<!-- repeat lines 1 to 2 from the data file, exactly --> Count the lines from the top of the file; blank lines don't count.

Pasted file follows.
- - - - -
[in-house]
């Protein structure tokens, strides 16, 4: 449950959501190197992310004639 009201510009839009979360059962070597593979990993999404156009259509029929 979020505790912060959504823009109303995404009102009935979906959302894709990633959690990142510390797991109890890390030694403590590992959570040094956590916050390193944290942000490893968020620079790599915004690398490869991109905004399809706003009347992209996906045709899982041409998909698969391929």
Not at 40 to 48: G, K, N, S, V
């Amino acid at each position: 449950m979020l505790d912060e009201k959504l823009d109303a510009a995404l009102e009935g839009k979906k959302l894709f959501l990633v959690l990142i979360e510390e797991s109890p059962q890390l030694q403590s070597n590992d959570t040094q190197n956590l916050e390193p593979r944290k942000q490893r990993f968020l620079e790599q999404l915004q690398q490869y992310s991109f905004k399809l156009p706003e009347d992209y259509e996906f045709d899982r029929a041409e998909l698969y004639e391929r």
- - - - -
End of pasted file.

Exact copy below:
[in-house]
């Protein structure tokens, strides 16, 4: 449950959501190197992310004639 009201510009839009979360059962070597593979990993999404156009259509029929 979020505790912060959504823009109303995404009102009935979906959302894709990633959690990142510390797991109890890390030694403590590992959570040094956590916050390193944290942000490893968020620079790599915004690398490869991109905004399809706003009347992209996906045709899982041409998909698969391929």